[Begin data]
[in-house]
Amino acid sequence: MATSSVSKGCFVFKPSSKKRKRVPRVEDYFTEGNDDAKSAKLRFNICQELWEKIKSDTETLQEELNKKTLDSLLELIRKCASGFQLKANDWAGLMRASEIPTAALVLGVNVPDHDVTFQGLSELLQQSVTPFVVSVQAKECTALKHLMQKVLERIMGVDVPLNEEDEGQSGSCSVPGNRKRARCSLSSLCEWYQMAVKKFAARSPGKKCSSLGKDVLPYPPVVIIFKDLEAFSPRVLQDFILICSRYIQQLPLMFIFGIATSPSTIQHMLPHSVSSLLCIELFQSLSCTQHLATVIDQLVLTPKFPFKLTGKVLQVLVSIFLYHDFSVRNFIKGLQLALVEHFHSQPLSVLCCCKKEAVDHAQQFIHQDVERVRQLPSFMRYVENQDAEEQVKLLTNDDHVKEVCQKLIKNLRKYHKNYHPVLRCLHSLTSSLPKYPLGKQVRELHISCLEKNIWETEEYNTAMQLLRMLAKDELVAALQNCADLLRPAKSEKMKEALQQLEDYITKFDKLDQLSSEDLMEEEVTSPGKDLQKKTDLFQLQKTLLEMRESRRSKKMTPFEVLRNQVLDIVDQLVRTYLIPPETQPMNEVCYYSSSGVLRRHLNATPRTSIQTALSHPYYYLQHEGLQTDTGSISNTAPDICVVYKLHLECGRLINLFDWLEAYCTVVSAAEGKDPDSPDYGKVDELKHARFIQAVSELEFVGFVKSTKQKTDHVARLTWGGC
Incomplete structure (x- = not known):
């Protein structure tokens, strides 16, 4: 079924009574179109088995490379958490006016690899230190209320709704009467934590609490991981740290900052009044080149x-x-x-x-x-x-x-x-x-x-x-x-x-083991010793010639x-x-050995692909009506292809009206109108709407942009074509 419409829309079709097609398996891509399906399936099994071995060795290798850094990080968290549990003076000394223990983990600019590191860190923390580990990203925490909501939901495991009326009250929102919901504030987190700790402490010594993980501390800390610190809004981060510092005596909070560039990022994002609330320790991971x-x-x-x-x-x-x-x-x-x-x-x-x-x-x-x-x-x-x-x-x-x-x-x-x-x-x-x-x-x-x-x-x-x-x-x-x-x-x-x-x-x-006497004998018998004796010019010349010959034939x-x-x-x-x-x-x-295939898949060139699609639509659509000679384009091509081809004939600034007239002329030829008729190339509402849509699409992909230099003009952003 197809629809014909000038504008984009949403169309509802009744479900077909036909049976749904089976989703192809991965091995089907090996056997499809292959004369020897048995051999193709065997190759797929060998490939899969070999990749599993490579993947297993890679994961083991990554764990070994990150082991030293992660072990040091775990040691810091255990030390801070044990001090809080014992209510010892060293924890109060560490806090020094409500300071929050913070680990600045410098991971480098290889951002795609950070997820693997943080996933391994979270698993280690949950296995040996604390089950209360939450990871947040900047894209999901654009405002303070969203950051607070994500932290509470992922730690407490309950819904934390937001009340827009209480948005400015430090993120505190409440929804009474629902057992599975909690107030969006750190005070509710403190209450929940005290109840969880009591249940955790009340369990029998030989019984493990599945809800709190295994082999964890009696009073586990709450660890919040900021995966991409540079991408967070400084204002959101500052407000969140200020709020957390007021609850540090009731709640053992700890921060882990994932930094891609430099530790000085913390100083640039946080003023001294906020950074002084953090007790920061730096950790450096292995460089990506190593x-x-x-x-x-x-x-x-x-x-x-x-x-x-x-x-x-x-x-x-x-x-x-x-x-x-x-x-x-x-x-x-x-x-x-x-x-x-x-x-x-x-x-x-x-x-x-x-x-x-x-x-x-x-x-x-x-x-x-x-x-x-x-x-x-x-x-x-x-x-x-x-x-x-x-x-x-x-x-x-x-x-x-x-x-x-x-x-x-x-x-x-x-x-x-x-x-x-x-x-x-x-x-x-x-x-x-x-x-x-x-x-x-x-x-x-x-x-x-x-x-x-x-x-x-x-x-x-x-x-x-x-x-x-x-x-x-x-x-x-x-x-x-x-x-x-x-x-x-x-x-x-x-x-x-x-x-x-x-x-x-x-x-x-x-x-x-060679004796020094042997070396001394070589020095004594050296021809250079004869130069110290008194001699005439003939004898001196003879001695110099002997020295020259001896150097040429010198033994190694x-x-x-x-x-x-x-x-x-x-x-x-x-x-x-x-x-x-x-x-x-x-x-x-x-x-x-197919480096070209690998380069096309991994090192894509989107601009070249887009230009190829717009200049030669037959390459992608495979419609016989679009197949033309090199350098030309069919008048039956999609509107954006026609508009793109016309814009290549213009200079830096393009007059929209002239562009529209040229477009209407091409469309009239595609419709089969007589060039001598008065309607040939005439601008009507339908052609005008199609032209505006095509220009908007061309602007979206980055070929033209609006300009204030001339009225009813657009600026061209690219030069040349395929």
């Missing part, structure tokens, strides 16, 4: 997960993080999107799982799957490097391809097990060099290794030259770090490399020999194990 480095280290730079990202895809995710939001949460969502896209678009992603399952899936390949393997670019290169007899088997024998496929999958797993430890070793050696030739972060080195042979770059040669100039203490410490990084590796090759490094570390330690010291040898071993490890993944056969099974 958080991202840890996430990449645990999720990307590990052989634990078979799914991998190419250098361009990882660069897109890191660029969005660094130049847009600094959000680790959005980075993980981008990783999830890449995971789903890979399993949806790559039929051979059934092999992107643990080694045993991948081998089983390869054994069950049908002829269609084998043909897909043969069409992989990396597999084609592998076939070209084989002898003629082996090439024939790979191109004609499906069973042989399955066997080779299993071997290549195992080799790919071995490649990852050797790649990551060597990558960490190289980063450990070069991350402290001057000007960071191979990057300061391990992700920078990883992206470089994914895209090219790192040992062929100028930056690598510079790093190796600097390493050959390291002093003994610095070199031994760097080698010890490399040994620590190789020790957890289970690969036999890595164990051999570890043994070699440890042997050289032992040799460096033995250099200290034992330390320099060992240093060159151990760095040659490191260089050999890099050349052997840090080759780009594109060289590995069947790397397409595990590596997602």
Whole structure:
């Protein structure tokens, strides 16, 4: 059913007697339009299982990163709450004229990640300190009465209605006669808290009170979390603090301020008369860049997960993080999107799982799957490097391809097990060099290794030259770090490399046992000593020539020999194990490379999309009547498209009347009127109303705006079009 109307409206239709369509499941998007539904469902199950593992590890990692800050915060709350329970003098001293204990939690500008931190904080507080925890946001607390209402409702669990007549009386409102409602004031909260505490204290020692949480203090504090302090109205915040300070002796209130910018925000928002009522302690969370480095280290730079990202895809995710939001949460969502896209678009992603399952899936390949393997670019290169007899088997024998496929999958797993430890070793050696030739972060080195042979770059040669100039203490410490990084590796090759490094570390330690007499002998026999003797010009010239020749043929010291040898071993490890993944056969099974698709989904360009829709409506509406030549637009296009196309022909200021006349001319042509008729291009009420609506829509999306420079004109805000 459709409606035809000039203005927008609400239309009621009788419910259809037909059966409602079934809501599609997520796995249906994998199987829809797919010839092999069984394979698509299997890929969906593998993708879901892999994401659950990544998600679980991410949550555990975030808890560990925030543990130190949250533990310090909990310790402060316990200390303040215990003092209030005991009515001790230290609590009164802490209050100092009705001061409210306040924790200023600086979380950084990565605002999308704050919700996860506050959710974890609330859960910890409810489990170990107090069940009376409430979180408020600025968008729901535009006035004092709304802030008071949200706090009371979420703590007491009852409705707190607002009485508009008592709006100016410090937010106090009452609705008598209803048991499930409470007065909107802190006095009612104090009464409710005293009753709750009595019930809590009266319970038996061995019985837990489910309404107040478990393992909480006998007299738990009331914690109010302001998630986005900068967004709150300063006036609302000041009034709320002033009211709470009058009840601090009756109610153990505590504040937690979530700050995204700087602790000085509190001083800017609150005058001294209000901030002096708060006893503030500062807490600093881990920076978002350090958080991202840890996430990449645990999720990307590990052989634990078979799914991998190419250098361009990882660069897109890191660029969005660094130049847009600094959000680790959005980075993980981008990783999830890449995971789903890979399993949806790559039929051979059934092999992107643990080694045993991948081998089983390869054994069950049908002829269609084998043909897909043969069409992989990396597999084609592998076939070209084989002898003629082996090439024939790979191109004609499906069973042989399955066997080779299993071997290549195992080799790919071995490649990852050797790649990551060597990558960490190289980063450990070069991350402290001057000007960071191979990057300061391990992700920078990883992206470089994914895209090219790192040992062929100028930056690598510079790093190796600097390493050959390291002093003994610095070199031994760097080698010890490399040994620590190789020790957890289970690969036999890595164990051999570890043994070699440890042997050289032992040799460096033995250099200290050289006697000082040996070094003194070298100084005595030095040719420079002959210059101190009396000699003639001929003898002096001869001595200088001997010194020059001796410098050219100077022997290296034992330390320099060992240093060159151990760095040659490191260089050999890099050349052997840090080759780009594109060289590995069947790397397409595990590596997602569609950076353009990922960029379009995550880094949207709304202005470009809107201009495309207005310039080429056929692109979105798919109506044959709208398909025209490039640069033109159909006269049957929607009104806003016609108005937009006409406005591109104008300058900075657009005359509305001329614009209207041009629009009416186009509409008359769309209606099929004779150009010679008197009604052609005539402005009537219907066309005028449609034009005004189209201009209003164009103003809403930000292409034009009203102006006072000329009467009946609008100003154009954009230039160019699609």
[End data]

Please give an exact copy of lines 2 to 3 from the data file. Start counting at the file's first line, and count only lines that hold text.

Amino acid sequence: MATSSVSKGCFVFKPSSKKRKRVPRVEDYFTEGNDDAKSAKLRFNICQELWEKIKSDTETLQEELNKKTLDSLLELIRKCASGFQLKANDWAGLMRASEIPTAALVLGVNVPDHDVTFQGLSELLQQSVTPFVVSVQAKECTALKHLMQKVLERIMGVDVPLNEEDEGQSGSCSVPGNRKRARCSLSSLCEWYQMAVKKFAARSPGKKCSSLGKDVLPYPPVVIIFKDLEAFSPRVLQDFILICSRYIQQLPLMFIFGIATSPSTIQHMLPHSVSSLLCIELFQSLSCTQHLATVIDQLVLTPKFPFKLTGKVLQVLVSIFLYHDFSVRNFIKGLQLALVEHFHSQPLSVLCCCKKEAVDHAQQFIHQDVERVRQLPSFMRYVENQDAEEQVKLLTNDDHVKEVCQKLIKNLRKYHKNYHPVLRCLHSLTSSLPKYPLGKQVRELHISCLEKNIWETEEYNTAMQLLRMLAKDELVAALQNCADLLRPAKSEKMKEALQQLEDYITKFDKLDQLSSEDLMEEEVTSPGKDLQKKTDLFQLQKTLLEMRESRRSKKMTPFEVLRNQVLDIVDQLVRTYLIPPETQPMNEVCYYSSSGVLRRHLNATPRTSIQTALSHPYYYLQHEGLQTDTGSISNTAPDICVVYKLHLECGRLINLFDWLEAYCTVVSAAEGKDPDSPDYGKVDELKHARFIQAVSELEFVGFVKSTKQKTDHVARLTWGGC
Incomplete structure (x- = not known):